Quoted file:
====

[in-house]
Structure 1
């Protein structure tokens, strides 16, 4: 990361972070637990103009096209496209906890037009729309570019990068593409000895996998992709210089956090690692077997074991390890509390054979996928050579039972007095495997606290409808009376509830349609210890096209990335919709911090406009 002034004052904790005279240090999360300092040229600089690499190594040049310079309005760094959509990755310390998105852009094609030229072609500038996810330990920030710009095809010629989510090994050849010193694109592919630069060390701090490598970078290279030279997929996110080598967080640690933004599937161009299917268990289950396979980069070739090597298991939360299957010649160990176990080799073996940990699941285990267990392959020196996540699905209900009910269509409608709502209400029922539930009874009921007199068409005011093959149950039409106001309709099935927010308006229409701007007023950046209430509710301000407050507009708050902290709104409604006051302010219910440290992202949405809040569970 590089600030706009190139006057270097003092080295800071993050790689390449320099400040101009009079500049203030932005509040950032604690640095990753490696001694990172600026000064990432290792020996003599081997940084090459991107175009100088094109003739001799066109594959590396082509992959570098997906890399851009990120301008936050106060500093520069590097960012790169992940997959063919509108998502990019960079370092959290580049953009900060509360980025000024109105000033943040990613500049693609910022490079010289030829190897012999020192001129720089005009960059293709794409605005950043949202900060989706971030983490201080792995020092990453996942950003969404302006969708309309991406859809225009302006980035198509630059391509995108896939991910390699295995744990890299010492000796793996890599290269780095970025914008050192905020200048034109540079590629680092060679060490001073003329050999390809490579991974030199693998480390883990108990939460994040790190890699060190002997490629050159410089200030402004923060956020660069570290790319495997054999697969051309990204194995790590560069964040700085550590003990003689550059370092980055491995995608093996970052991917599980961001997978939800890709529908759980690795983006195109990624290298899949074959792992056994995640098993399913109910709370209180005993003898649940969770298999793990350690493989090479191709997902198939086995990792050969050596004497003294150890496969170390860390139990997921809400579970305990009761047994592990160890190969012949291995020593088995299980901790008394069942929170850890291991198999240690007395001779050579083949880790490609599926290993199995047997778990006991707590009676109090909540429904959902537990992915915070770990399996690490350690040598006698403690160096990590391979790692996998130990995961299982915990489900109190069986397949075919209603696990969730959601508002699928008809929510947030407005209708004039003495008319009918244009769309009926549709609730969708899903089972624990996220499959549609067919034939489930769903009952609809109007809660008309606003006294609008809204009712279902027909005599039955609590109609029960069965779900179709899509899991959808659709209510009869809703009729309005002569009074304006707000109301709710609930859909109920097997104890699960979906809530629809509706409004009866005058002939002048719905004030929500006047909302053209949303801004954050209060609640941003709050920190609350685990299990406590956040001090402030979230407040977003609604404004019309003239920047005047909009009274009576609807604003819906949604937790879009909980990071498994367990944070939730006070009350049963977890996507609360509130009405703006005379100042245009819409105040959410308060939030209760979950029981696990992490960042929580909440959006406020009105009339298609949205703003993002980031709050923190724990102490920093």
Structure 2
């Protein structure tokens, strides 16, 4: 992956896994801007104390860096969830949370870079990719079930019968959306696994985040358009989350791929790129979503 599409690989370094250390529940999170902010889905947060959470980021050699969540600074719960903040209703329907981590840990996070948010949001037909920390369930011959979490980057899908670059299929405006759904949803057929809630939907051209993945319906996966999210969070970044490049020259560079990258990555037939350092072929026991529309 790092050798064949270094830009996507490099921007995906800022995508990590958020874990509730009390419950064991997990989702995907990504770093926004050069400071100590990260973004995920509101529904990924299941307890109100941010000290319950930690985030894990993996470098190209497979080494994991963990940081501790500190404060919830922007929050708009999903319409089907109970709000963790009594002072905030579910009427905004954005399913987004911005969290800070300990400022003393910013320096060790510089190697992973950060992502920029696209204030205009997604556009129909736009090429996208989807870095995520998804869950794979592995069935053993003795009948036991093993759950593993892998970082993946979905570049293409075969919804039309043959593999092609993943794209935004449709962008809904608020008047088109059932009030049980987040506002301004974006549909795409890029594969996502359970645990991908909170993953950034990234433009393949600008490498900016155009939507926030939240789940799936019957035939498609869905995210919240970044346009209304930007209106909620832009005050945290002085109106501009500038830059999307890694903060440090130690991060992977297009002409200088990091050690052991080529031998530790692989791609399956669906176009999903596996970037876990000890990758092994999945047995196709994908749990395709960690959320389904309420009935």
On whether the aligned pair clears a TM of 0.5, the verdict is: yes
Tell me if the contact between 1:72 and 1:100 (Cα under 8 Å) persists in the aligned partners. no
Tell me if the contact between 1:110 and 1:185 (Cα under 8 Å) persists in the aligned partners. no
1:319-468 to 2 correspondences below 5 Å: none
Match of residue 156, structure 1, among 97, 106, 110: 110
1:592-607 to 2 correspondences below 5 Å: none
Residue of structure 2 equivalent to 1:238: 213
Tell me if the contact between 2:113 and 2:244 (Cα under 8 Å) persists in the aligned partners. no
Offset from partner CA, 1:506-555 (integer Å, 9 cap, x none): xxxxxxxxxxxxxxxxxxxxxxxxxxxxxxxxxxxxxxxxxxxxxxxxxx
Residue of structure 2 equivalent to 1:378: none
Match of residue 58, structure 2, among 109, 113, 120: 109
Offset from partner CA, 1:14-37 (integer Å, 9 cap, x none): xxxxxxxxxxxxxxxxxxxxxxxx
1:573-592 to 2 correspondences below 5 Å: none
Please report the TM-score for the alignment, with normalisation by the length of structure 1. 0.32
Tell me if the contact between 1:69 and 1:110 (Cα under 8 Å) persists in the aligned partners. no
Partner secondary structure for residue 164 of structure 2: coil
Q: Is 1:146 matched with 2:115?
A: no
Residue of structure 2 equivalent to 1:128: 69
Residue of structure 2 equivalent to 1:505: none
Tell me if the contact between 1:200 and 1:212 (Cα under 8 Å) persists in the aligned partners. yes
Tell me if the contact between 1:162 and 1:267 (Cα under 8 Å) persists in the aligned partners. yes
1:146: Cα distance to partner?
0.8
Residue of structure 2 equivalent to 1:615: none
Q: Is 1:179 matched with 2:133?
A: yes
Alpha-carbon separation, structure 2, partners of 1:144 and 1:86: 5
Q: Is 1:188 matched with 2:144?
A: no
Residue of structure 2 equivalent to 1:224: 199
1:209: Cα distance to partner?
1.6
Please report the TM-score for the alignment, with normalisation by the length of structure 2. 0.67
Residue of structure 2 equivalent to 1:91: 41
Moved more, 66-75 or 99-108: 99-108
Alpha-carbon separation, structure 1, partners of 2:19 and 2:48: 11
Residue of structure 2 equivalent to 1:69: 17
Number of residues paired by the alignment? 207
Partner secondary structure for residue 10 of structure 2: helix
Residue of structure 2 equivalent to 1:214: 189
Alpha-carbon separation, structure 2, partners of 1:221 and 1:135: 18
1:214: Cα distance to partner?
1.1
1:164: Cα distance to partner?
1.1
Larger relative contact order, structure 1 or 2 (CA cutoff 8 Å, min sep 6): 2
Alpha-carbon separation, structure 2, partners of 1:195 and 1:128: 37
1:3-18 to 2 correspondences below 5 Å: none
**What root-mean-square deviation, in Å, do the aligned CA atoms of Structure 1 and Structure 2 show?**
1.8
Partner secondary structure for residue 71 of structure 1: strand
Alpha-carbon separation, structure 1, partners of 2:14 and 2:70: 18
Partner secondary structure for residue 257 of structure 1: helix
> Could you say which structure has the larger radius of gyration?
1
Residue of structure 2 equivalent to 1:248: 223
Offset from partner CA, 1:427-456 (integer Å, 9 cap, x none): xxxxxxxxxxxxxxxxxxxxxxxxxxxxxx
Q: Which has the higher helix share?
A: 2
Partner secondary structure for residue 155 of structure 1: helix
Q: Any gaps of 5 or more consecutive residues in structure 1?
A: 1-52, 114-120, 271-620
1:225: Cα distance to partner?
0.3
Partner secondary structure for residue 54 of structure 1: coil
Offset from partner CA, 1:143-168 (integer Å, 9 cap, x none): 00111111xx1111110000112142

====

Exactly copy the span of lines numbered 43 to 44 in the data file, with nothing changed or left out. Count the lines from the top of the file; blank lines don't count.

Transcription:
Residue of structure 2 equivalent to 1:69: 17
Number of residues paired by the alignment? 207